Use this URL to cite or link to this record in EThOS: https://ethos.bl.uk/OrderDetails.do?uin=uk.bl.ethos.778836
Title: Fundamentals of rail-wheel interaction : adhesion and rolling contact fatigue
Author: Arnall, Andrew David
ISNI:       0000 0004 7964 5636
Awarding Body: University of Sheffield
Current Institution: University of Sheffield
Date of Award: 2019
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Abstract:
How do rolling contact fatigue cracks within the rail interact? Formed by the wheel-rail contact, rolling contact fatigue cracks within the rail tend to occur as a series of closely spaced cracks. These do not occur as a row of identically sized or spaced cracks, as is commonly modelled. Within this thesis investigations are conducted on how the relative size and separation between these cracks affects the stress intensity factor found at the crack tip. Through improvement in the understanding of how cracks of similar sizes interact, the crack size and separation combinations that are more likely to lead to rail failure from rolling contact fatigue can be better identified. This will permit a more condition based approach for determining maintenance schedules, with cracks more likely to lead to rail failure prioritised. The two dimensional and three dimensional boundary element approaches used within this thesis demonstrate that the greatest shielding effect is found when the cracks are of similar sizes, with the least shielded case being a large crack surrounded by cracks many times smaller. The overlying crack is found to have a greater influence on the shielding effect experienced by the central crack than the underlying crack. As expected the shielding effect decreased as the crack spacing increased. In addition the locations of rolling contact fatigue sites that are not generated by cornering forces are compared to the locations of low adhesion events and underbridges. Particular correlation is found with underbridge locations. Further investigations found that abrupt support stiffness changes leads to an increased degree of whole rail bending, which would be expected to lead to increased damage within the rail. However, the increased degree of whole rail bending is not found for gradual support stiffness transitions.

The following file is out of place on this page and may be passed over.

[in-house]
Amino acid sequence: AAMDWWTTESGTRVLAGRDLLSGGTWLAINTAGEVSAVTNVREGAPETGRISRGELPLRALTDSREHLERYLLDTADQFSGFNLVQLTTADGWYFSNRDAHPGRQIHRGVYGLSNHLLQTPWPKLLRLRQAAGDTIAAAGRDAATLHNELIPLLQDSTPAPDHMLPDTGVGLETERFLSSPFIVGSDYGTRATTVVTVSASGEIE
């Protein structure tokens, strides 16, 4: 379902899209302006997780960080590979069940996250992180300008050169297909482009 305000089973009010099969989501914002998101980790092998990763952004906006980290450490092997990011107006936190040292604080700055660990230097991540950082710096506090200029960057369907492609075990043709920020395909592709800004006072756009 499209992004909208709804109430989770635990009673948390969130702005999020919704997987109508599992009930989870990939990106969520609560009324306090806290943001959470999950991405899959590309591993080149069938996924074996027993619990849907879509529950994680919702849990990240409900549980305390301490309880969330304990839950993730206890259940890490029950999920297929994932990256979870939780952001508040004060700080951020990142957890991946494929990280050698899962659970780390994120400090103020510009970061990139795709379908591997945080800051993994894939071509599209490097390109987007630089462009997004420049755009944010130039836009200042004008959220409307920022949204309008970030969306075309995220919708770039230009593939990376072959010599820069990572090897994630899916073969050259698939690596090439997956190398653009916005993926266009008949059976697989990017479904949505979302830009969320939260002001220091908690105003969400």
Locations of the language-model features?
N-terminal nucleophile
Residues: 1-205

Supervisor: Fletcher, David ; Lewis, Roger Sponsor: Not available
Qualification Name: Thesis (Ph.D.) Qualification Level: Doctoral
EThOS ID: uk.bl.ethos.778836  DOI: Not available
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